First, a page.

© 2019 by Omer Eilam

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  • Omer Eilam

A tale of two sisters

Being and becoming were born to an upper middle class family somewhere in Europe. They were very much alike in terms of their beliefs, their humour, their political views and even their musical tastes. But in one respect they were very different, and that was in the way they experienced the passage of time.


Not able to go out of their heads they were never fully aware of this in spite of some clear indications. For example, while Being could devote her entire day to a single activity Becoming was always multitasking. When they reached their Thirties Being was happy with her chosen career as a teacher while Becoming already lived what could have been several lives, or rather summaries of lives, as a sportswoman, a scientist and an artist. And when they talked to each other Becoming was always the outspoken one while Being tried to follow, and if Being was talking Becoming frequently lost her patience or started thinking about other things. But these facts, as much as they seem instructive, nevertheless failed to make them realize the chasm that lay between them.


That realisation happened suddenly and in the middle of a conversation they had about meditation which both of them were practising. Becoming asked Being: “when you meditate how long does it take before a thought passes through your mind?” Being contemplated for a while before answering “a few minutes”. Becoming was flabbergasted. She could not remember a time when her mind was blank for more than a few seconds. She could not even imagine what it would be like to stay in a state of ‘no thought’ for as much as half a minute. That experience was as foreign to her as the experience of flying!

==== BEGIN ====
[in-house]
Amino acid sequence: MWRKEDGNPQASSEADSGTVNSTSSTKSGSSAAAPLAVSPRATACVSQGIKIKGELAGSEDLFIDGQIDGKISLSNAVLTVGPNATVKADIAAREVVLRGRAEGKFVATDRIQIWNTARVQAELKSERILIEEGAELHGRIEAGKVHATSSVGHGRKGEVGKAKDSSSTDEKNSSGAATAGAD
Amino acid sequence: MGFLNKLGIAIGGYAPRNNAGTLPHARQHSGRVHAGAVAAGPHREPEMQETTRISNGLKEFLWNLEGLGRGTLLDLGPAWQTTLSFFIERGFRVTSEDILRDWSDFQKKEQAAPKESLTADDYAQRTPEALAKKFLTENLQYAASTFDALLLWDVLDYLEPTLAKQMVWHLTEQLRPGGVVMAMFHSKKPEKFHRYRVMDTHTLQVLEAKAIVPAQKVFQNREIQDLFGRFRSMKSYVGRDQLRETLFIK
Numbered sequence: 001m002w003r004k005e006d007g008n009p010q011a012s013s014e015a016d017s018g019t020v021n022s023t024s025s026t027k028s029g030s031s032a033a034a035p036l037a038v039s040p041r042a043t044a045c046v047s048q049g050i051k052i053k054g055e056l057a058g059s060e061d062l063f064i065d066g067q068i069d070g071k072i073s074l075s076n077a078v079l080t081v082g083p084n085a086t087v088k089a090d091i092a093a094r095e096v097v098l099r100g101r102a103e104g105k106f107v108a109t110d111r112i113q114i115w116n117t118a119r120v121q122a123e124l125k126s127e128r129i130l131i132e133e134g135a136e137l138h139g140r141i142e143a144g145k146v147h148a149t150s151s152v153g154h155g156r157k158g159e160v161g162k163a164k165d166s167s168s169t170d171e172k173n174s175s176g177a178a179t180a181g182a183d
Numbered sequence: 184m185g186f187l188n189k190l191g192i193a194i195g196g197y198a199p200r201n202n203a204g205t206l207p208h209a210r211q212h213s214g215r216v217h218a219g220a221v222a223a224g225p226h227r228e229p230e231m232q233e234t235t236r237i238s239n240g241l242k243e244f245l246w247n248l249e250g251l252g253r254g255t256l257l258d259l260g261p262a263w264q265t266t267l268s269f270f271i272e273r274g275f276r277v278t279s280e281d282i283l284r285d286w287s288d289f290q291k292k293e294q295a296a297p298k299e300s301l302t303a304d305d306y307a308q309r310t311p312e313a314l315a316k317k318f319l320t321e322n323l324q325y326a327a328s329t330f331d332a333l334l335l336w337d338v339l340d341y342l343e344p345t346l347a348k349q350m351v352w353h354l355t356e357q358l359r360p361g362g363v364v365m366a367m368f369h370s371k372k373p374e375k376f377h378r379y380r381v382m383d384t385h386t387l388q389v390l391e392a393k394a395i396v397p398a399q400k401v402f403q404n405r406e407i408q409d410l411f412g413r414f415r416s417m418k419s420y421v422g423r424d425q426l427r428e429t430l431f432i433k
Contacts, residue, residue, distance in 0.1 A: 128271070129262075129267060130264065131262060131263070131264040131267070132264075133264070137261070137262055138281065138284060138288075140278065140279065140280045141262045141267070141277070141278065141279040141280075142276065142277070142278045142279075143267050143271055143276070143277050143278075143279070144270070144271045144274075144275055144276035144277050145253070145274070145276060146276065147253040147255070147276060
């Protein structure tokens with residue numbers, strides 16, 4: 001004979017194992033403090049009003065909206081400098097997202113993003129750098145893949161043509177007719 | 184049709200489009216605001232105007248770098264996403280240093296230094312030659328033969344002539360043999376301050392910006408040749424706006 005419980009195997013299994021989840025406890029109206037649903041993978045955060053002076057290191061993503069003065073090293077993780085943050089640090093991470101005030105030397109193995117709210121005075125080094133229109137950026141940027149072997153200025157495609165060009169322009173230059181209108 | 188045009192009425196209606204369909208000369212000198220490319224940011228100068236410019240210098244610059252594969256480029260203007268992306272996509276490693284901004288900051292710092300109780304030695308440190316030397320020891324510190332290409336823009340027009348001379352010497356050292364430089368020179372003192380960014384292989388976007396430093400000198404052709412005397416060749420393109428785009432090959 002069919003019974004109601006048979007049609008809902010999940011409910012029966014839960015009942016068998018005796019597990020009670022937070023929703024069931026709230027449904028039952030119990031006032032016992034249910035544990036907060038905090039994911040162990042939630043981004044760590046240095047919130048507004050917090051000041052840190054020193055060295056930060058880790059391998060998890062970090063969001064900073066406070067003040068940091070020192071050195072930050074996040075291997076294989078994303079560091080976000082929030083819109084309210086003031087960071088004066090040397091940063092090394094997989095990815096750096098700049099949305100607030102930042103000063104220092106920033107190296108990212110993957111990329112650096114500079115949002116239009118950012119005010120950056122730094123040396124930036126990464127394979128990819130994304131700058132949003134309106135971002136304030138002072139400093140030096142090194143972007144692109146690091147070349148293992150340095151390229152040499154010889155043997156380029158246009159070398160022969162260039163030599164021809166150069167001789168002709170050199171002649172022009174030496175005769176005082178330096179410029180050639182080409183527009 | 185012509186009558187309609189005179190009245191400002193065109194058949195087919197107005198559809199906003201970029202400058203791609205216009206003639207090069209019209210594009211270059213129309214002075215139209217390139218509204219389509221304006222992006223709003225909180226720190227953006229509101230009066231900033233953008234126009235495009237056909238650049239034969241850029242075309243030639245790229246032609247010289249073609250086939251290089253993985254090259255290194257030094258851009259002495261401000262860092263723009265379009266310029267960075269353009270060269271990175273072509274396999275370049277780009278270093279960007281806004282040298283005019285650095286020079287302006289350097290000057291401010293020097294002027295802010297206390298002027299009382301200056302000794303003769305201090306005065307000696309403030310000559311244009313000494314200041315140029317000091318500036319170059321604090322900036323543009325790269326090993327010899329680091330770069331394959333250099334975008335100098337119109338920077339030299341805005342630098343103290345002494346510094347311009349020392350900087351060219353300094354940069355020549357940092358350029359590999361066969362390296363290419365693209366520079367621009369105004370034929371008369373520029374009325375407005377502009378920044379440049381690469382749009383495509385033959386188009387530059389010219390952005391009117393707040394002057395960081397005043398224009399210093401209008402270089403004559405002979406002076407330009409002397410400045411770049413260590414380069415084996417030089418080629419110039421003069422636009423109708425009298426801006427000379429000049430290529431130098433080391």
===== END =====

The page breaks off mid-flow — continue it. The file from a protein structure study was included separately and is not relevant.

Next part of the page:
Later that day Becoming was reminded of the Theory of Relativity; how there is no such thing as Absolute Time, and that time passes differently for two different individuals depending on their speed of movement with respect to each other. She even read some modern physicists suggesting that our entire notion of Time as a physical entity is altogether false, and that Time might just be a part of our human experience.


As Becoming was contemplating these notions she became sad. Thinking of all the people that walk the earth, how difficult it is to relate to one another when each person is operating at a different speed and experiences the flow of time in a different way. And then she thought of her sister and how she longed to be more like Being and how she longed for Being to become more like her. And she wondered if the love that she felt for her sister could ever bridge the chasm between them.




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